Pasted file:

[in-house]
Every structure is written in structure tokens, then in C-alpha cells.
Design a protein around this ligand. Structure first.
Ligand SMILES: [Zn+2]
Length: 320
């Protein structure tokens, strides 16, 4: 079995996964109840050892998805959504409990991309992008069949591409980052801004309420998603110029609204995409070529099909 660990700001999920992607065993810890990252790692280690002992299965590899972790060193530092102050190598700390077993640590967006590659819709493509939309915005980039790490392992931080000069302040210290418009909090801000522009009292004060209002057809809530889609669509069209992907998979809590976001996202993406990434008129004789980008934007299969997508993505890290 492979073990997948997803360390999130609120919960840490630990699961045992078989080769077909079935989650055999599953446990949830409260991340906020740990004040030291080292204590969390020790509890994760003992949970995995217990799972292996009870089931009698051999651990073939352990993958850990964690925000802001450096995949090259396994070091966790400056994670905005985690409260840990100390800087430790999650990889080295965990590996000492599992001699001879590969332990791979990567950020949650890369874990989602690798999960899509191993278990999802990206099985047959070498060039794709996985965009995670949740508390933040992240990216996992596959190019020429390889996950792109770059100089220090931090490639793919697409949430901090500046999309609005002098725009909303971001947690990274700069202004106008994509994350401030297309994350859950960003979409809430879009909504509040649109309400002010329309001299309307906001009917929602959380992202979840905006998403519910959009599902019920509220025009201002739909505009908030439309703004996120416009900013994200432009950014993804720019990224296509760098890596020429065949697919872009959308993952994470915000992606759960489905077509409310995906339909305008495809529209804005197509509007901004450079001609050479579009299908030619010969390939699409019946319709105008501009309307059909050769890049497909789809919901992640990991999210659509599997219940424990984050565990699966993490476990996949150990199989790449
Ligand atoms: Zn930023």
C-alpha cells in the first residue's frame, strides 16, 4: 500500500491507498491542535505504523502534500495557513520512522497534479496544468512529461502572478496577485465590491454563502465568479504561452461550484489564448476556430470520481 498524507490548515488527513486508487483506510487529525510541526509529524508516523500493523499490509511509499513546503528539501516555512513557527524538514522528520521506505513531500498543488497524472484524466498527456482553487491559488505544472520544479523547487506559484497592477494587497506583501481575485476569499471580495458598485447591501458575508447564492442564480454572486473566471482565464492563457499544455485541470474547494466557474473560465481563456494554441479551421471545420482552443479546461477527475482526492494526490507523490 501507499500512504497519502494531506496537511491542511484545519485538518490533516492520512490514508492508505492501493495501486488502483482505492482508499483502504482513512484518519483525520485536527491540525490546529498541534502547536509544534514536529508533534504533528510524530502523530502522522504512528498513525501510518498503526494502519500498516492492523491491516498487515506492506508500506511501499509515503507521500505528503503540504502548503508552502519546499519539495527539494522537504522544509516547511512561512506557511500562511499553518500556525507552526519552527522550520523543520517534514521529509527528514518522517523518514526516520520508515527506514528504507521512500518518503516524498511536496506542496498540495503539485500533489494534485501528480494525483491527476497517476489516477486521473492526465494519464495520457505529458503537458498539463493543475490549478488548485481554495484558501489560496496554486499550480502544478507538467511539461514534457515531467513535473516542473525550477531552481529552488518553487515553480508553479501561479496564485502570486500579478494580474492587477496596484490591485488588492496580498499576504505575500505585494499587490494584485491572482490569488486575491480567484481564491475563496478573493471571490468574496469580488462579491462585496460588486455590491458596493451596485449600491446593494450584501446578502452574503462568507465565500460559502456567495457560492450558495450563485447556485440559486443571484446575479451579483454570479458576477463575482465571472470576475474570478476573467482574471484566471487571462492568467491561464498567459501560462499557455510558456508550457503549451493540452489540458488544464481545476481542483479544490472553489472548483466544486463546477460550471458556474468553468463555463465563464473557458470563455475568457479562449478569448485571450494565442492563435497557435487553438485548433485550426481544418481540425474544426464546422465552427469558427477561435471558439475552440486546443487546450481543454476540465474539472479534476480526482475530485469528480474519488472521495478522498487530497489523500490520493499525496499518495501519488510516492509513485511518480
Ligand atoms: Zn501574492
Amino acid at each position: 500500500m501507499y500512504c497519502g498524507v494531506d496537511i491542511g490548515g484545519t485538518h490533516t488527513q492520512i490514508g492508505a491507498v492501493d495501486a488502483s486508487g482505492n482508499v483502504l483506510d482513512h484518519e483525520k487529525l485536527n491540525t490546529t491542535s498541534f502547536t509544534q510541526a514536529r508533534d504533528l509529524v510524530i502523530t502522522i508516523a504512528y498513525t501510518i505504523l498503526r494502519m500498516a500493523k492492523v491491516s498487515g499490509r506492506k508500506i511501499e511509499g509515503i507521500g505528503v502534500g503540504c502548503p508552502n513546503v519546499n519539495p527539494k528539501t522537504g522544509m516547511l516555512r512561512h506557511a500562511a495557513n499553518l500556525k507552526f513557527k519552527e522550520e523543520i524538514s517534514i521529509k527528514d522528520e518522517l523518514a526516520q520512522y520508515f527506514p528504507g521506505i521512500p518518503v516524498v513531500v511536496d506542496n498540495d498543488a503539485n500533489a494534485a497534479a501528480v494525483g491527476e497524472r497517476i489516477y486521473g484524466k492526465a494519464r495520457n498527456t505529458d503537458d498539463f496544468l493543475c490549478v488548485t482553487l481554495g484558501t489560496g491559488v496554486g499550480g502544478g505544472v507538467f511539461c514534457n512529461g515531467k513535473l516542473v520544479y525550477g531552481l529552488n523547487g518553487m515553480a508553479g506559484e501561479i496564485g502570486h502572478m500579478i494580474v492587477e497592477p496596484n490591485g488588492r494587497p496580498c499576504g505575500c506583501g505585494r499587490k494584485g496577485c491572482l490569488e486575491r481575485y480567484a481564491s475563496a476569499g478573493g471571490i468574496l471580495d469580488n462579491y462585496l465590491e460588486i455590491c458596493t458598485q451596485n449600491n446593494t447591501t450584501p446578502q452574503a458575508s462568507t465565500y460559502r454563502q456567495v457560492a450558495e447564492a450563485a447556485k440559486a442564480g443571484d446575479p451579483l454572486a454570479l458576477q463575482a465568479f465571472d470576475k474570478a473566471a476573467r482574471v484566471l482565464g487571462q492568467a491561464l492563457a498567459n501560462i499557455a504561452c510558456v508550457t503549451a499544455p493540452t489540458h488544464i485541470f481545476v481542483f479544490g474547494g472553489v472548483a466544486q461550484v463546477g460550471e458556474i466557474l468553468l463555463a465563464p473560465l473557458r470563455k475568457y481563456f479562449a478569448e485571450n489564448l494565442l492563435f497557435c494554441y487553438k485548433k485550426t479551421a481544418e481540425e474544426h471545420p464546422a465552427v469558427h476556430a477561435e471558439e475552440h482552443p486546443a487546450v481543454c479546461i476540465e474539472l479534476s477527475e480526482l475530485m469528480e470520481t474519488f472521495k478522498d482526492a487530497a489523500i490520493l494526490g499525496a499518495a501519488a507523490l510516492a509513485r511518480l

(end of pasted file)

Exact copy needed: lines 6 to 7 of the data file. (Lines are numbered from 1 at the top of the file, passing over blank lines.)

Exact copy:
């Protein structure tokens, strides 16, 4: 079995996964109840050892998805959504409990991309992008069949591409980052801004309420998603110029609204995409070529099909 660990700001999920992607065993810890990252790692280690002992299965590899972790060193530092102050190598700390077993640590967006590659819709493509939309915005980039790490392992931080000069302040210290418009909090801000522009009292004060209002057809809530889609669509069209992907998979809590976001996202993406990434008129004789980008934007299969997508993505890290 492979073990997948997803360390999130609120919960840490630990699961045992078989080769077909079935989650055999599953446990949830409260991340906020740990004040030291080292204590969390020790509890994760003992949970995995217990799972292996009870089931009698051999651990073939352990993958850990964690925000802001450096995949090259396994070091966790400056994670905005985690409260840990100390800087430790999650990889080295965990590996000492599992001699001879590969332990791979990567950020949650890369874990989602690798999960899509191993278990999802990206099985047959070498060039794709996985965009995670949740508390933040992240990216996992596959190019020429390889996950792109770059100089220090931090490639793919697409949430901090500046999309609005002098725009909303971001947690990274700069202004106008994509994350401030297309994350859950960003979409809430879009909504509040649109309400002010329309001299309307906001009917929602959380992202979840905006998403519910959009599902019920509220025009201002739909505009908030439309703004996120416009900013994200432009950014993804720019990224296509760098890596020429065949697919872009959308993952994470915000992606759960489905077509409310995906339909305008495809529209804005197509509007901004450079001609050479579009299908030619010969390939699409019946319709105008501009309307059909050769890049497909789809919901992640990991999210659509599997219940424990984050565990699966993490476990996949150990199989790449
Ligand atoms: Zn930023």